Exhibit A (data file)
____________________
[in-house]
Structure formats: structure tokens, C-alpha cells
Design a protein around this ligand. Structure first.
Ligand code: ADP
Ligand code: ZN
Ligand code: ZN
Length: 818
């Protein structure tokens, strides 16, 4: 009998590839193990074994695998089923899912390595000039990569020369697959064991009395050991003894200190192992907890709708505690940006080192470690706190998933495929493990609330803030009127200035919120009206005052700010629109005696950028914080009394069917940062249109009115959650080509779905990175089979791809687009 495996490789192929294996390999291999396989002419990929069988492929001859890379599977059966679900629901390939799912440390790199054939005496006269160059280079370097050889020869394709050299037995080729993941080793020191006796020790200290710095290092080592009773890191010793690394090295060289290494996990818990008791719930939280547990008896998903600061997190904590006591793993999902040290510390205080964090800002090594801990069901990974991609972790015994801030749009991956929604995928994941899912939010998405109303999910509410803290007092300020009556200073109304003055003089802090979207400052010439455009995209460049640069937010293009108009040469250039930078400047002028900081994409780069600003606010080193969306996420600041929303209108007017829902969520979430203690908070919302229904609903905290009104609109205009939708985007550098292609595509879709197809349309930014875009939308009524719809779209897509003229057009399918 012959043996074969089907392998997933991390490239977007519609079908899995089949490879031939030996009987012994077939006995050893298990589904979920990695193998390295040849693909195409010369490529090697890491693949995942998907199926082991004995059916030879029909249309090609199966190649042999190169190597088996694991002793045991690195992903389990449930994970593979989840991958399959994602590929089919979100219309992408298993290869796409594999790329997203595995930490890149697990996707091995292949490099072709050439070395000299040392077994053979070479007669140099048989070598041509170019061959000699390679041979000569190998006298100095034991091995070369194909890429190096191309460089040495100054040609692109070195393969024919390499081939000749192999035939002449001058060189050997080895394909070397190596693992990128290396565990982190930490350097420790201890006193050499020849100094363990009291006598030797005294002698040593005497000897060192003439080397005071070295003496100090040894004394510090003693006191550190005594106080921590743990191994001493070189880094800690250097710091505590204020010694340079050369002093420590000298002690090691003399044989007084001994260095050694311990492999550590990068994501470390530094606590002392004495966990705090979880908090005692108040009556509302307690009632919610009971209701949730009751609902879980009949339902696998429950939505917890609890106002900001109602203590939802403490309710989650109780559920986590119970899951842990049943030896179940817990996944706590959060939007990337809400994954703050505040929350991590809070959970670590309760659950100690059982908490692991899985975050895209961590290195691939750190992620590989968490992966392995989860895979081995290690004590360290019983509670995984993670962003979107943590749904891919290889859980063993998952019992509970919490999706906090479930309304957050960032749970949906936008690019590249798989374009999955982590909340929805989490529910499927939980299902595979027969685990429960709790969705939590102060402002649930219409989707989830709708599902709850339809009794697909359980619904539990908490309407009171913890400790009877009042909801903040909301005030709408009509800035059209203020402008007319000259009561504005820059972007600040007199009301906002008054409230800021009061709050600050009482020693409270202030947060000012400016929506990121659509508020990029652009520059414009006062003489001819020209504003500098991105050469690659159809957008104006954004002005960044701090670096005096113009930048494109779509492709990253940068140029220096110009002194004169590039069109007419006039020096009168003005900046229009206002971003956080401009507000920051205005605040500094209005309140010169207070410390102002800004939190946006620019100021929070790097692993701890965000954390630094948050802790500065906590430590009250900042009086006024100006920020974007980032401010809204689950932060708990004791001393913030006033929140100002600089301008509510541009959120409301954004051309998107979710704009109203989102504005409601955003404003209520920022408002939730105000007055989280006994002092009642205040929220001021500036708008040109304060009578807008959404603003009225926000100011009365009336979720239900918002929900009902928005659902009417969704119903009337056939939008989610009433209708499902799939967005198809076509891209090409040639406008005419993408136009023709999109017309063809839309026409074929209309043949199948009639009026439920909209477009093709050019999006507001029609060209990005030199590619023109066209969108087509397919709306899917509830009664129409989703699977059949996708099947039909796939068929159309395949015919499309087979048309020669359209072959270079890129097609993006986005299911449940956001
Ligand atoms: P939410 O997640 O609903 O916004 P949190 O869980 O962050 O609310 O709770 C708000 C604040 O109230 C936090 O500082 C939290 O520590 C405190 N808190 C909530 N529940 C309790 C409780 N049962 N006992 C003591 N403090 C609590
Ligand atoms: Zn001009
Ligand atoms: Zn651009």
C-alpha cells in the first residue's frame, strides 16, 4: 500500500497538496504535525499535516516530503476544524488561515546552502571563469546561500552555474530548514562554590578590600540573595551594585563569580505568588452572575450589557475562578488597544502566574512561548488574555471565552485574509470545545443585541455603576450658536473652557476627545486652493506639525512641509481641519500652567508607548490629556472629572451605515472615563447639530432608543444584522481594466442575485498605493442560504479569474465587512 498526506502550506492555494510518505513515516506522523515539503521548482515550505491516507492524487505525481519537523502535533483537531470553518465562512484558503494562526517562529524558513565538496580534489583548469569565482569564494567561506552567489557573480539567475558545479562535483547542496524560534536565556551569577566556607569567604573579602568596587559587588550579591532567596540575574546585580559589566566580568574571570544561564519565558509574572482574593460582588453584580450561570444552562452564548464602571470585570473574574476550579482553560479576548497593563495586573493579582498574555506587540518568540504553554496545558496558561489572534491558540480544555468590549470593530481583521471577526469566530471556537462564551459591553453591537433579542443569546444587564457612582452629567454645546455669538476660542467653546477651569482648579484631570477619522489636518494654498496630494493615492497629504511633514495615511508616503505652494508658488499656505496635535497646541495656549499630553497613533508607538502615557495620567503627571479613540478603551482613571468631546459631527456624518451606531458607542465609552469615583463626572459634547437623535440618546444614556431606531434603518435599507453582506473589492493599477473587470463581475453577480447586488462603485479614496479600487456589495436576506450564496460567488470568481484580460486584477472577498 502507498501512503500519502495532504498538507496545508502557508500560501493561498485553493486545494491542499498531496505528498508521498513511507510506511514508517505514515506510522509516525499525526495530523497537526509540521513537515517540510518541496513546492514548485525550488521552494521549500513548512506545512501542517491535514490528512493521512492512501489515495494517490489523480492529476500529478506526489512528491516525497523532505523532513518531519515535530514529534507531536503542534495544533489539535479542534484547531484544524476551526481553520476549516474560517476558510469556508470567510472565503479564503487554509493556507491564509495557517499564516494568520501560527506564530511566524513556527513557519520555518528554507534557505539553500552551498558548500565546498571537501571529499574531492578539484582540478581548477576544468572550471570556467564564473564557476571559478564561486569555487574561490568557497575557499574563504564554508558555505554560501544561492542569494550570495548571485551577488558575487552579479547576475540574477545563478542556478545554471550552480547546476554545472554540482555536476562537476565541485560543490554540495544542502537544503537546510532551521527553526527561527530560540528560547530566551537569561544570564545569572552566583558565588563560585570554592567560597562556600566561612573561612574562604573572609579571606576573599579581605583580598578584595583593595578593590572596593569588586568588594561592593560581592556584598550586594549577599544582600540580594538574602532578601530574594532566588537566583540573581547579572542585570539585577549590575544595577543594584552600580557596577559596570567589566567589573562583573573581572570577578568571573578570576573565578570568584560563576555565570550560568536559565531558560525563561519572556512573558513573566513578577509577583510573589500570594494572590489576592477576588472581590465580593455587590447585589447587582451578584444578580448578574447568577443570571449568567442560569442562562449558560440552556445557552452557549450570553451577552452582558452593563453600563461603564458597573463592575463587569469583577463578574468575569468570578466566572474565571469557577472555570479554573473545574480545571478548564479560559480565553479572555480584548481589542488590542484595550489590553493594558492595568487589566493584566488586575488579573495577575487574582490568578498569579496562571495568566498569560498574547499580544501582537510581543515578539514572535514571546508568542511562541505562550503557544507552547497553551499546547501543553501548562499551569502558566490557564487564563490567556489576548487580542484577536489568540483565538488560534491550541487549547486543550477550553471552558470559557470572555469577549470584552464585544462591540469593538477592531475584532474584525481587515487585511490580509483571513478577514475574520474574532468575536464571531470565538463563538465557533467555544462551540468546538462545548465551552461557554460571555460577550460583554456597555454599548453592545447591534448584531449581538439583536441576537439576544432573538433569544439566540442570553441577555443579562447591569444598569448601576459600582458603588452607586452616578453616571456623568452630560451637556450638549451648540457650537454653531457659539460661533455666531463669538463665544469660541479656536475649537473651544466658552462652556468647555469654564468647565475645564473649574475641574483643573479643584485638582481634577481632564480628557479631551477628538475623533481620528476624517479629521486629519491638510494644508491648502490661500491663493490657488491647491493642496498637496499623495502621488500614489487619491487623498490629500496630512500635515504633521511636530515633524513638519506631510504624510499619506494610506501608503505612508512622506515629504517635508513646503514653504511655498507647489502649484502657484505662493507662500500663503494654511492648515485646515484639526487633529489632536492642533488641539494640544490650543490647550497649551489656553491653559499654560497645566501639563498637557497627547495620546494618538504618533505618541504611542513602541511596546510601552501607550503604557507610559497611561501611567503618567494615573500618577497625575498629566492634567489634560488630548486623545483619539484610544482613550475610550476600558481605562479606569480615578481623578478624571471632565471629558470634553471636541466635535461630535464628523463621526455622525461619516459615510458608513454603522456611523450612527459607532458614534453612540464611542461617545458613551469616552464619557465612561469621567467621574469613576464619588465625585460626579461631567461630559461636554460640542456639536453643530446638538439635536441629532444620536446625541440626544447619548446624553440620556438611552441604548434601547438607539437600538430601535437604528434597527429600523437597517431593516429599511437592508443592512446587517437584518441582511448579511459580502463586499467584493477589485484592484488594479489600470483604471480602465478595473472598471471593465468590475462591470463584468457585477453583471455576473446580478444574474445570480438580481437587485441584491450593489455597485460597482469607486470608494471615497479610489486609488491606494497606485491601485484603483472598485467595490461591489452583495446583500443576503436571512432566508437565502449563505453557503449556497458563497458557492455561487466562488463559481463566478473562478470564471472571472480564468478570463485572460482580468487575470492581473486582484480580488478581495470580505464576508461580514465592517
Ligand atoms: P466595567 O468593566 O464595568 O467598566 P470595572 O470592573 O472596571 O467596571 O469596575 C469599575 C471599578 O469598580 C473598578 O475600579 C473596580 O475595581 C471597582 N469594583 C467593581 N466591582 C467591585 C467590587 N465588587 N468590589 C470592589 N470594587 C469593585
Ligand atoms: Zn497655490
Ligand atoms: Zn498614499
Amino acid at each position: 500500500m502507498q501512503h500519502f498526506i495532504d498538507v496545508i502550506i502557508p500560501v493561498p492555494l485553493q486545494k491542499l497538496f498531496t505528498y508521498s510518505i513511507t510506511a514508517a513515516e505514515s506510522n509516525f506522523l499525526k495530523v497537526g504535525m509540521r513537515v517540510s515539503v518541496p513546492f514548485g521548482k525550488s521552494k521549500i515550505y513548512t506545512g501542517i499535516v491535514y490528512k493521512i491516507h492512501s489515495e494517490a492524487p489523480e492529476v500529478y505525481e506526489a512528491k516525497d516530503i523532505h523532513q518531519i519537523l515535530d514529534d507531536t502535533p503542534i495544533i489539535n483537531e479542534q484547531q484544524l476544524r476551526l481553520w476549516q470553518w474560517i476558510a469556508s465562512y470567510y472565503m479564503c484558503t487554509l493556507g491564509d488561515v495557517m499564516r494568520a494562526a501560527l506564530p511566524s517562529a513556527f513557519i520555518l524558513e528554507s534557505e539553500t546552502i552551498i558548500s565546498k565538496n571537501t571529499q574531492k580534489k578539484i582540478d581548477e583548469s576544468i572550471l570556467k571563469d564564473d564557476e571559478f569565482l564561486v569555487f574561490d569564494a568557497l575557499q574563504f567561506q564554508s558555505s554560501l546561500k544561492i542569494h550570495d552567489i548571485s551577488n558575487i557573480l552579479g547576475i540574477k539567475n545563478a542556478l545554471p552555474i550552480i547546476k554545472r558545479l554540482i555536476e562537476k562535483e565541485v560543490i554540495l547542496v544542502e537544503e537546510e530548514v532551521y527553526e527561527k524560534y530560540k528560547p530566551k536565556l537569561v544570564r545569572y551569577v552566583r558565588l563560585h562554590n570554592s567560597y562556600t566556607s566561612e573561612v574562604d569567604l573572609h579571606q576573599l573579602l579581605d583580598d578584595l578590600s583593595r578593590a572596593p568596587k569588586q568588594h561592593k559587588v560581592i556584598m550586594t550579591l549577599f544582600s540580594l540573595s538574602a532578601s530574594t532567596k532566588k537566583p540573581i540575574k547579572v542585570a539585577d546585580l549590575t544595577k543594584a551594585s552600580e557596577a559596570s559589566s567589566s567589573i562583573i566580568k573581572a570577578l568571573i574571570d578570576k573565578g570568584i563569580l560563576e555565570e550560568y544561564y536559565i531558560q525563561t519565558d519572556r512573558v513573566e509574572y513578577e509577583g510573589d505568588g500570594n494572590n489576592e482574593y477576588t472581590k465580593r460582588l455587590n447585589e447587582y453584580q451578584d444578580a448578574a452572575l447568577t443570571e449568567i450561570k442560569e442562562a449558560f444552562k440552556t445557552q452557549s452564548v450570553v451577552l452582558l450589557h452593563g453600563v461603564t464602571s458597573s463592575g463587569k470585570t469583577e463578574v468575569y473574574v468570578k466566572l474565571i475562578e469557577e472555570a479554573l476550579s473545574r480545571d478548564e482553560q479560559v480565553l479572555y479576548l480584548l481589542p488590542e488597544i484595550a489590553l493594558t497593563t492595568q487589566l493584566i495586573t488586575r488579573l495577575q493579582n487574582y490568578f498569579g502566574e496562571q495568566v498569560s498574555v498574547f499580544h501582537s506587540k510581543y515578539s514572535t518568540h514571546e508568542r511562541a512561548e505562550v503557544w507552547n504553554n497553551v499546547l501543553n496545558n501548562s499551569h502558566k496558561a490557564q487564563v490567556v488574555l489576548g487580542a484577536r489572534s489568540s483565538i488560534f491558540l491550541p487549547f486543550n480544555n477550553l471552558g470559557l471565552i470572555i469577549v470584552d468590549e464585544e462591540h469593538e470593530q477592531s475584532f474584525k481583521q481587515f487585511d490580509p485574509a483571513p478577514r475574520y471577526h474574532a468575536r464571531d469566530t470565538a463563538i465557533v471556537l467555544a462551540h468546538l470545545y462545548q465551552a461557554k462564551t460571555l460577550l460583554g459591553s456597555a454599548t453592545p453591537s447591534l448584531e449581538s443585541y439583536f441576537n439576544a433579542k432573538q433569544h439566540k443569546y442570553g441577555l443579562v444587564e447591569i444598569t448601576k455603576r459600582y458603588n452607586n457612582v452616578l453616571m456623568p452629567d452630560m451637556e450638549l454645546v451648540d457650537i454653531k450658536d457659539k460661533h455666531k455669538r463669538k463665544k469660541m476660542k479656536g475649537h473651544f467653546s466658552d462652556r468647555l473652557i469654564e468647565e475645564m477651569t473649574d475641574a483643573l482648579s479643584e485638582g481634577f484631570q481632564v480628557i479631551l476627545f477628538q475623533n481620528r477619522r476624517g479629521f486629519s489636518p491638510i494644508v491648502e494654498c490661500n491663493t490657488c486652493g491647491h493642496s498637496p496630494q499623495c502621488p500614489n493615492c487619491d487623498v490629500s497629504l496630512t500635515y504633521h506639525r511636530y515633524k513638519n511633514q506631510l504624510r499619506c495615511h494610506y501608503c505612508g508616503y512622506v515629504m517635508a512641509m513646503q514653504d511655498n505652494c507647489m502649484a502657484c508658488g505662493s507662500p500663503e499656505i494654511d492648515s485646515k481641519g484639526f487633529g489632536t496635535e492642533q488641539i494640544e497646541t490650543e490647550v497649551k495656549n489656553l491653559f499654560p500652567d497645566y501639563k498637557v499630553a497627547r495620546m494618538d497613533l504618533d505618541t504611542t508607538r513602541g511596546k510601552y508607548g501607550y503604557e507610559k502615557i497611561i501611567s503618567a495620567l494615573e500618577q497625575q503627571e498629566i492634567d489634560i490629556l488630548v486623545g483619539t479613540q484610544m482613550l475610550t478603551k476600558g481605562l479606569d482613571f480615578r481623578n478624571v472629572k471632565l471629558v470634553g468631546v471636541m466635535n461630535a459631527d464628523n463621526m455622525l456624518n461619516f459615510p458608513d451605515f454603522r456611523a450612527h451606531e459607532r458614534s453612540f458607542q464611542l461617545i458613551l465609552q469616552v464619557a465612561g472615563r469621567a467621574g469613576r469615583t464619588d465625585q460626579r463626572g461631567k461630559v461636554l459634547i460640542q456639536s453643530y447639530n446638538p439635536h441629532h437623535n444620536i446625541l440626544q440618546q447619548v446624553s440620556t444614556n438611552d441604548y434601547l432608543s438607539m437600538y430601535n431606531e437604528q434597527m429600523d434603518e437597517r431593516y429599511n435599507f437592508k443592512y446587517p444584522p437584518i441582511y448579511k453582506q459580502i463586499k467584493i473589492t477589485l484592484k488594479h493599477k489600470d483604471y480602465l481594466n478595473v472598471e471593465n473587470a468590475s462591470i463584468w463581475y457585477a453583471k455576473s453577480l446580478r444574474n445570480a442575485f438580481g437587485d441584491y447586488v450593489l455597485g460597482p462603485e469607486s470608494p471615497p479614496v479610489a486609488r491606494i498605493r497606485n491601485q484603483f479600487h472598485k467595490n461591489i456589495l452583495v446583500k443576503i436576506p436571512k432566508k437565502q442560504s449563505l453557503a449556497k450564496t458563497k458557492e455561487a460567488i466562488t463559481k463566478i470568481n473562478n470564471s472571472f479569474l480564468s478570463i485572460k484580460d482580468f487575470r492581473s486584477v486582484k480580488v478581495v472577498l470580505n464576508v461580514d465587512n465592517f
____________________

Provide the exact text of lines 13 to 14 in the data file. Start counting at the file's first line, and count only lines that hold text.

Ligand atoms: P466595567 O468593566 O464595568 O467598566 P470595572 O470592573 O472596571 O467596571 O469596575 C469599575 C471599578 O469598580 C473598578 O475600579 C473596580 O475595581 C471597582 N469594583 C467593581 N466591582 C467591585 C467590587 N465588587 N468590589 C470592589 N470594587 C469593585
Ligand atoms: Zn497655490